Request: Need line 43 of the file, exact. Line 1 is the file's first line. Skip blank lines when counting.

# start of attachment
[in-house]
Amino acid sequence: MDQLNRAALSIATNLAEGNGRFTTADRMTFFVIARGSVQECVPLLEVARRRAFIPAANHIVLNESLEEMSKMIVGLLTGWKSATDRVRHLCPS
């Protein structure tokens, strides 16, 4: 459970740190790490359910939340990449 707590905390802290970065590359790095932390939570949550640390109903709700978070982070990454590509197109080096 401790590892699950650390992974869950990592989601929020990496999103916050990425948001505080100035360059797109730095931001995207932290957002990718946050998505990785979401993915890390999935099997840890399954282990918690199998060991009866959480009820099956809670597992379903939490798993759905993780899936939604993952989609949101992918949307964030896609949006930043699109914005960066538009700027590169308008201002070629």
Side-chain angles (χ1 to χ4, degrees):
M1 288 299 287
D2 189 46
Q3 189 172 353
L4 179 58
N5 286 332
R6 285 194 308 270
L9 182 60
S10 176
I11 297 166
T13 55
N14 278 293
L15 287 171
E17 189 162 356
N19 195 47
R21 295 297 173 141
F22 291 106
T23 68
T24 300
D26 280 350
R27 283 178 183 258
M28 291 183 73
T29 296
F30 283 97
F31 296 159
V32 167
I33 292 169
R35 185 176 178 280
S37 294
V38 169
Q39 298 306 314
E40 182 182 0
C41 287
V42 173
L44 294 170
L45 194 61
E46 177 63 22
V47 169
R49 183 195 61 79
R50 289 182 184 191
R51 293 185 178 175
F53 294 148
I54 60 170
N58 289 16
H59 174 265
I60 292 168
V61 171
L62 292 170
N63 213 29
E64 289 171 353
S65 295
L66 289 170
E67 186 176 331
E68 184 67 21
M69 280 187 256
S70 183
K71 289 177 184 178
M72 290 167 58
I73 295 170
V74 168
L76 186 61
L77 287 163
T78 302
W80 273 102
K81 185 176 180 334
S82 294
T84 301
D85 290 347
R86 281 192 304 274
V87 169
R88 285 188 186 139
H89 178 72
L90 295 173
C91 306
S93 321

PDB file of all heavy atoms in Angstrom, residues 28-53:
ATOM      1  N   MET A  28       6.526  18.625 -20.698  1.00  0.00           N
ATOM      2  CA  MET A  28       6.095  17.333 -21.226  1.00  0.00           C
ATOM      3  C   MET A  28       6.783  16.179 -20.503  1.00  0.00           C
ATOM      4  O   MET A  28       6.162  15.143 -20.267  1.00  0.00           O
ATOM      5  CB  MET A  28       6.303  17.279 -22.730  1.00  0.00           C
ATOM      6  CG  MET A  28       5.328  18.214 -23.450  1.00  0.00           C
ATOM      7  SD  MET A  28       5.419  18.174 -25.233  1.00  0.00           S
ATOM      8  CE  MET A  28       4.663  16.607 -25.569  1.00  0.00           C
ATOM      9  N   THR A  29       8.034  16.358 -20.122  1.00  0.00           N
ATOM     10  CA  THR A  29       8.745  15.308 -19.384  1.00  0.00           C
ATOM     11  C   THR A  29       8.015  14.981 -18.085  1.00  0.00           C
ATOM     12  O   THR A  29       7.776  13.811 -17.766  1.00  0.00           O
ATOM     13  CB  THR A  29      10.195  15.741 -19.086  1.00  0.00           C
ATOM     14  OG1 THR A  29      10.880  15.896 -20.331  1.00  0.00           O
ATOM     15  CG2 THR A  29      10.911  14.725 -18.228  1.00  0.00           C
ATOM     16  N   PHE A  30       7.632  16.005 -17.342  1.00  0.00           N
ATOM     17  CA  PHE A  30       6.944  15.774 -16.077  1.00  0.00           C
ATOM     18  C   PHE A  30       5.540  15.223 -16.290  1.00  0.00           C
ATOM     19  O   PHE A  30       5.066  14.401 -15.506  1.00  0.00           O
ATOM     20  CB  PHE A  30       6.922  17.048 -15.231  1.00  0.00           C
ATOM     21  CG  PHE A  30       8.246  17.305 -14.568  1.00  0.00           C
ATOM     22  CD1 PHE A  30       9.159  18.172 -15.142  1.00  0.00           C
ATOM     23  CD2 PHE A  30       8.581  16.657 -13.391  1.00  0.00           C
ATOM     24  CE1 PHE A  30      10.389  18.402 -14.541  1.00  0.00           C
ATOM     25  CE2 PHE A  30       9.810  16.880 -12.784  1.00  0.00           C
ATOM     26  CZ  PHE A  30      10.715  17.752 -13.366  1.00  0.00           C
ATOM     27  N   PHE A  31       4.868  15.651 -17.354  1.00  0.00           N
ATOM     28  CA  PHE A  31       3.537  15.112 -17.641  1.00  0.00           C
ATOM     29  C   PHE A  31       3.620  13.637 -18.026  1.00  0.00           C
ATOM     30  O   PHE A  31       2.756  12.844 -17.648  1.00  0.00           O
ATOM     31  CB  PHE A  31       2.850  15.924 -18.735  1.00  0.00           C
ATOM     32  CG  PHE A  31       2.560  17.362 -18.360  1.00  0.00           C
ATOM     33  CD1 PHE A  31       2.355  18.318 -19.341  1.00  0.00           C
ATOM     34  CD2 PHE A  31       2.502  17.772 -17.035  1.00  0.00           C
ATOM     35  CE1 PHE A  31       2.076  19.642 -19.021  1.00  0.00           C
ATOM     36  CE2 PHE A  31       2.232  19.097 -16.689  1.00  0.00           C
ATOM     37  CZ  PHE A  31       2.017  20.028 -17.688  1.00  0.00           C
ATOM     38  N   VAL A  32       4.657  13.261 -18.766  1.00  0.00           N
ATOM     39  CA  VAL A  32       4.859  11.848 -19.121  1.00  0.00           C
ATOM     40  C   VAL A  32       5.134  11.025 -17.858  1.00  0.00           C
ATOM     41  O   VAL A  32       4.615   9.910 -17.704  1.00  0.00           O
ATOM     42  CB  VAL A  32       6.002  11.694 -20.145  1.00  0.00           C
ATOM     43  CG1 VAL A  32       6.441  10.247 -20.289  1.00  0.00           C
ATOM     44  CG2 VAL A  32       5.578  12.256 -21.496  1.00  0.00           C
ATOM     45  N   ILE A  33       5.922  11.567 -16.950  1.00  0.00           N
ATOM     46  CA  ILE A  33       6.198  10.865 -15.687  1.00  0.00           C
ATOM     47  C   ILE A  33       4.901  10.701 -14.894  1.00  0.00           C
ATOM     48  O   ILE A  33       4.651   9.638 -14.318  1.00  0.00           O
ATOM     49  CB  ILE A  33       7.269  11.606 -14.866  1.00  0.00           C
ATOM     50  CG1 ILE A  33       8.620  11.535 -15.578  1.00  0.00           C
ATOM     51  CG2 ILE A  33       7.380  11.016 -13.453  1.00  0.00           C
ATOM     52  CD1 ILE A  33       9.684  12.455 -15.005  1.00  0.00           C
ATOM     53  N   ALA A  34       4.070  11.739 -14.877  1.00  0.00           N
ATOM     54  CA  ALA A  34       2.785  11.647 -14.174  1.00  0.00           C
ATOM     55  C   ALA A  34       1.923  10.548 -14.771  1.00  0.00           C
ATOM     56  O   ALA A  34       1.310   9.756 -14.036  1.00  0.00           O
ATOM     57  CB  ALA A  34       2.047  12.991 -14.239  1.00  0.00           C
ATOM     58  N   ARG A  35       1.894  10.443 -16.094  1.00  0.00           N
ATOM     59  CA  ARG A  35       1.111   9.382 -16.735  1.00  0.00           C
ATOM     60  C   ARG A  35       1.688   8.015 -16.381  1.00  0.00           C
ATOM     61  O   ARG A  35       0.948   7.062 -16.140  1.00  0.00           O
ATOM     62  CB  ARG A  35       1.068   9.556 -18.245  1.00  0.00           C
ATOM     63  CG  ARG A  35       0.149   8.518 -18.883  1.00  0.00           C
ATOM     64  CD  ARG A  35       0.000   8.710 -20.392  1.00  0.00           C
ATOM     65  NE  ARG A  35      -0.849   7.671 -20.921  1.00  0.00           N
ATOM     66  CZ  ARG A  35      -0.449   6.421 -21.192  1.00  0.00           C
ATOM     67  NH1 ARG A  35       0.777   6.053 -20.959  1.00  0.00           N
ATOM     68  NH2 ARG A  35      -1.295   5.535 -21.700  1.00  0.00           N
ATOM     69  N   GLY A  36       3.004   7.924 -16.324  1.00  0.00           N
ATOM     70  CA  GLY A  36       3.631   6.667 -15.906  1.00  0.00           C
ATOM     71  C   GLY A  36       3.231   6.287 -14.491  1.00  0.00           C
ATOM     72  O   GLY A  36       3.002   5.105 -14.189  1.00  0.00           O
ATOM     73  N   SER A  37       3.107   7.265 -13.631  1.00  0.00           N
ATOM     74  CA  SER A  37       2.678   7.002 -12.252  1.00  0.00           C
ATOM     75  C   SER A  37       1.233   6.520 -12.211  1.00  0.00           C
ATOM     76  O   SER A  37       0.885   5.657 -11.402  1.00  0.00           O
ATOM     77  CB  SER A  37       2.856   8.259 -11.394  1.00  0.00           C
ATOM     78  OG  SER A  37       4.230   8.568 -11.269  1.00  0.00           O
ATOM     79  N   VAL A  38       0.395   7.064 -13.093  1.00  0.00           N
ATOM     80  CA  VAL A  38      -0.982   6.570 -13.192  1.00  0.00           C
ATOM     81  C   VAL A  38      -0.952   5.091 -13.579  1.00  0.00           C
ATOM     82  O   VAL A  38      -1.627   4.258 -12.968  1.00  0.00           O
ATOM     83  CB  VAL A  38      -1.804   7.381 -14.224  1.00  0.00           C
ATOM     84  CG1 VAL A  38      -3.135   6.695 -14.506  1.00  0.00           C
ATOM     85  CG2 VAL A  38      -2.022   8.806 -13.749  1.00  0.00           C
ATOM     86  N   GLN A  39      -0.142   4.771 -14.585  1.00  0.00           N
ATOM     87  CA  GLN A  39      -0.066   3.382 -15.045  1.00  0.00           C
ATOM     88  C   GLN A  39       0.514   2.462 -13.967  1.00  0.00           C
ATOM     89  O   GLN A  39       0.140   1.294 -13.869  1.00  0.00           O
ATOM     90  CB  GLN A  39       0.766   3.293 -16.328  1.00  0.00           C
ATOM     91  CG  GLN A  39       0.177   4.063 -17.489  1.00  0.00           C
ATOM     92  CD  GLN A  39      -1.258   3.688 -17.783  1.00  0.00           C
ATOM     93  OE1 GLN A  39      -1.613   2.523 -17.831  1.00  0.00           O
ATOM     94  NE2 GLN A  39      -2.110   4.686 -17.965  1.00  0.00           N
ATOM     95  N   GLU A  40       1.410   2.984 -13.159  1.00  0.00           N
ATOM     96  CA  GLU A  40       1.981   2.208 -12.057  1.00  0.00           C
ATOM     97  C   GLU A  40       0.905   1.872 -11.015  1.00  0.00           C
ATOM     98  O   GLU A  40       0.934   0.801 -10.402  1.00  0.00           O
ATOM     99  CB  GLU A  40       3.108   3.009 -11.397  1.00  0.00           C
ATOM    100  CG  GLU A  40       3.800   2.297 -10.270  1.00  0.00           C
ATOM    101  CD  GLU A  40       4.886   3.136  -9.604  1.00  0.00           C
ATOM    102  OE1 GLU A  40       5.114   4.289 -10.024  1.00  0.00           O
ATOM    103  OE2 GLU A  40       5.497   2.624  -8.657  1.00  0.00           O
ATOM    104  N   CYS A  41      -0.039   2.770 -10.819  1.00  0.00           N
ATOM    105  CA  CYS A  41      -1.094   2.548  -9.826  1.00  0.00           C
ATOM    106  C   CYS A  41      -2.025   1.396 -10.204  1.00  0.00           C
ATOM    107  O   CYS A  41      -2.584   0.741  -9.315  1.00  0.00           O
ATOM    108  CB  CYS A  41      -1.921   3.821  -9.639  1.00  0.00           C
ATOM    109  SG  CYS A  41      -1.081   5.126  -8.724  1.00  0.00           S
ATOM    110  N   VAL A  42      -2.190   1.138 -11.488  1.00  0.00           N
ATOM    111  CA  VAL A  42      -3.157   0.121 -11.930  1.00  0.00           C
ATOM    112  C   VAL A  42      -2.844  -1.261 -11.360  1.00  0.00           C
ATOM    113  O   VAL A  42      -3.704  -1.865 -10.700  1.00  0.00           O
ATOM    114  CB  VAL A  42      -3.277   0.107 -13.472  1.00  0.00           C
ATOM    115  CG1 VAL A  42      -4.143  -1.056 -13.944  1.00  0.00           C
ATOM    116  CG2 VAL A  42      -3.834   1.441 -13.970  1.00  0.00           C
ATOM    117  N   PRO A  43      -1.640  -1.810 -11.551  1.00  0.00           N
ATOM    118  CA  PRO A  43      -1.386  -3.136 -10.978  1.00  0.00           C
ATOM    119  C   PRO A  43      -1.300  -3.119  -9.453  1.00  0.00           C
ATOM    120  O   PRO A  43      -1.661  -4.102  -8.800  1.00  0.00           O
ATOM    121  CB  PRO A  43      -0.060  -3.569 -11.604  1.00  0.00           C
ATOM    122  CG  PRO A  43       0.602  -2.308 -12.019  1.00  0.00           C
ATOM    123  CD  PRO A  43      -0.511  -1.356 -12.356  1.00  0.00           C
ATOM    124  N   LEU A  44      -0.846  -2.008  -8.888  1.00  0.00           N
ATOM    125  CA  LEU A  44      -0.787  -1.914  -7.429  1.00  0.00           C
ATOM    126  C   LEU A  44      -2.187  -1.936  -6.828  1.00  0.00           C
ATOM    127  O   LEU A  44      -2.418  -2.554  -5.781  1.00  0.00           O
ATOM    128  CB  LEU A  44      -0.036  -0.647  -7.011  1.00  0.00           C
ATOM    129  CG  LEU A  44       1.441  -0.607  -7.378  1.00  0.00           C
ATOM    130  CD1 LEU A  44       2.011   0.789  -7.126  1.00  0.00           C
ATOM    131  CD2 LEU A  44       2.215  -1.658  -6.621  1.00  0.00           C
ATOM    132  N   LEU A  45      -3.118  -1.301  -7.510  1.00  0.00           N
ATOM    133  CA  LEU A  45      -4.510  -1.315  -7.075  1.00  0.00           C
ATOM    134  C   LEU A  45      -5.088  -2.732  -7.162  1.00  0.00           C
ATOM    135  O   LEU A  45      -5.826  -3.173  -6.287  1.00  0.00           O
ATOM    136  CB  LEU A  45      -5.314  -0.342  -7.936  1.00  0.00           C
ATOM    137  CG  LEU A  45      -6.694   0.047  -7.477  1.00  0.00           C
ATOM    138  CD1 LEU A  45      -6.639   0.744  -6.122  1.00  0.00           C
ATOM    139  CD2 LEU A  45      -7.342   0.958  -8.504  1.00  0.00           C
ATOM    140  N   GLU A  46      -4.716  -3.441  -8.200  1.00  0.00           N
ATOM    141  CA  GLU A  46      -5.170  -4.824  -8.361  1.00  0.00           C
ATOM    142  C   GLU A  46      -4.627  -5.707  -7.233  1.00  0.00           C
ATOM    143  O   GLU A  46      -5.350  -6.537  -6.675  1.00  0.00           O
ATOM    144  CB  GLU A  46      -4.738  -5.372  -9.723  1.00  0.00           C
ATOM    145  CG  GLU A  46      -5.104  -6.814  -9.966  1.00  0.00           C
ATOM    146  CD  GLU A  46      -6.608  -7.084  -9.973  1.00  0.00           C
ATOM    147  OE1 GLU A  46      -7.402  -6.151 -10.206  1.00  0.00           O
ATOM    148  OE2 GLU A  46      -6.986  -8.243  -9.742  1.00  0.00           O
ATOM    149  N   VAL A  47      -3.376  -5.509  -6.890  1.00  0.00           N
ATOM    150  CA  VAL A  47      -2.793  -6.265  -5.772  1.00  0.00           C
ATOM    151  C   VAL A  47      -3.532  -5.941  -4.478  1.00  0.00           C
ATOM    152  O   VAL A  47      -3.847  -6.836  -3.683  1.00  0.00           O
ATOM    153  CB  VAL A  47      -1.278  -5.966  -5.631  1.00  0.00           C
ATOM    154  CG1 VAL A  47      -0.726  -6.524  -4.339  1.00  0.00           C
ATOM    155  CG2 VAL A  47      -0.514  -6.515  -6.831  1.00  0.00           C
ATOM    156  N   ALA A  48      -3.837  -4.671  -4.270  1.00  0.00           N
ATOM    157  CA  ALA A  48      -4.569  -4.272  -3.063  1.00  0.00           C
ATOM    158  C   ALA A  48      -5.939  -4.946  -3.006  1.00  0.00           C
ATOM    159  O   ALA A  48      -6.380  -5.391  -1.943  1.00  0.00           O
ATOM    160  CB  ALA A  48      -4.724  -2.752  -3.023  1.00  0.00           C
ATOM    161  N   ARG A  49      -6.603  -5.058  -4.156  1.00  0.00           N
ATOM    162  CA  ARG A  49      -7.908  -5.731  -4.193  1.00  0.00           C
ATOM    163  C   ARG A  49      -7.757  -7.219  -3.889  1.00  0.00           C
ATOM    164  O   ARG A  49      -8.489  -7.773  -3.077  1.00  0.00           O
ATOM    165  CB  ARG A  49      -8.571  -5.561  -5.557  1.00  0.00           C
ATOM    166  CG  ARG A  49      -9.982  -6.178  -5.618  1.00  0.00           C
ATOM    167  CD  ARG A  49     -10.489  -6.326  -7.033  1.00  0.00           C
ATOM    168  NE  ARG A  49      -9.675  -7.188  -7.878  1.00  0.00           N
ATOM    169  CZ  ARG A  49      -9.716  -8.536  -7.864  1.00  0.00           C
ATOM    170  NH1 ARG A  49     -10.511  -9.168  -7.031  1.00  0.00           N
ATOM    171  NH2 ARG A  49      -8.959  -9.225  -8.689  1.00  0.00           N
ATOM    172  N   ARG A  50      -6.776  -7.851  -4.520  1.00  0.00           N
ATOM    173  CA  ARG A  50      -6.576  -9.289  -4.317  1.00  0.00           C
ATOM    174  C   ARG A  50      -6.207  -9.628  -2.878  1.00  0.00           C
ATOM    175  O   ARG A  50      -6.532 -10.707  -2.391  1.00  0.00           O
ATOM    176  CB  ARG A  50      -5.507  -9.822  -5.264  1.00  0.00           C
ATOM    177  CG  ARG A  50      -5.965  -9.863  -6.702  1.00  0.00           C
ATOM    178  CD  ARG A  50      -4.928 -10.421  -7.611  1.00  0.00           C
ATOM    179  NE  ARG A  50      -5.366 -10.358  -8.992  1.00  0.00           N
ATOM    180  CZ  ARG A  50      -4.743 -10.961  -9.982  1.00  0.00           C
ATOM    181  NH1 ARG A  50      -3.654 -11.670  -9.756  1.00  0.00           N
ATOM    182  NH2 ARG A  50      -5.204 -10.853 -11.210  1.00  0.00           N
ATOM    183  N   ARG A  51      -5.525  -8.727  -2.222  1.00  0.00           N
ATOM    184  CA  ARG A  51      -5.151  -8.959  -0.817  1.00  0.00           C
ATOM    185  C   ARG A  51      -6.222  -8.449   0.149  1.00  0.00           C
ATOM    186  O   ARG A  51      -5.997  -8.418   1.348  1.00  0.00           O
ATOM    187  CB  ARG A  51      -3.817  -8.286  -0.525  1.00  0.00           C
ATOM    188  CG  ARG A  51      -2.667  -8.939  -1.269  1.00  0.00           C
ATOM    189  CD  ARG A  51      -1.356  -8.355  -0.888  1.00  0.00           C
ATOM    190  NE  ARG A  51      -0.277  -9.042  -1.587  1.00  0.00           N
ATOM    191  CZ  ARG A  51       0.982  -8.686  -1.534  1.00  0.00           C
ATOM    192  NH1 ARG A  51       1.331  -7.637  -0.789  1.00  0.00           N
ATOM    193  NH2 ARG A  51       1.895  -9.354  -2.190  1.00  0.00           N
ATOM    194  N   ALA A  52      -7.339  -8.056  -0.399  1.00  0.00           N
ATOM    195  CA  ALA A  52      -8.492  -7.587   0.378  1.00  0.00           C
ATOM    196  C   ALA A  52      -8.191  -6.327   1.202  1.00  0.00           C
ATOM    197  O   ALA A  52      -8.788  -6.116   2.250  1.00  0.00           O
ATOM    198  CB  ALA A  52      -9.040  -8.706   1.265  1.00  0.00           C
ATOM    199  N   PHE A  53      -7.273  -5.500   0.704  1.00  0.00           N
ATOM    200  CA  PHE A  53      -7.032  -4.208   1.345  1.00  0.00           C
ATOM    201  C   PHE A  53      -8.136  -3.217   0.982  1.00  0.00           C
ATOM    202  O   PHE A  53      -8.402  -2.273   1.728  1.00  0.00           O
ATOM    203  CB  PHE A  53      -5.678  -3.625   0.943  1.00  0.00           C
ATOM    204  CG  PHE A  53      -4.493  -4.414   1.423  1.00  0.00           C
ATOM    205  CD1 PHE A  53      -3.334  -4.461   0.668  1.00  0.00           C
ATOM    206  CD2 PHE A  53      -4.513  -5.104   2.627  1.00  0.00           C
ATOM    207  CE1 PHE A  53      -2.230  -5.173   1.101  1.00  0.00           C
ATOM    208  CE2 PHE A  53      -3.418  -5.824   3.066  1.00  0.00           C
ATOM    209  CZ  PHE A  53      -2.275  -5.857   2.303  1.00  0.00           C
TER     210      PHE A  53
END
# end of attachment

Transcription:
R50 289 182 184 191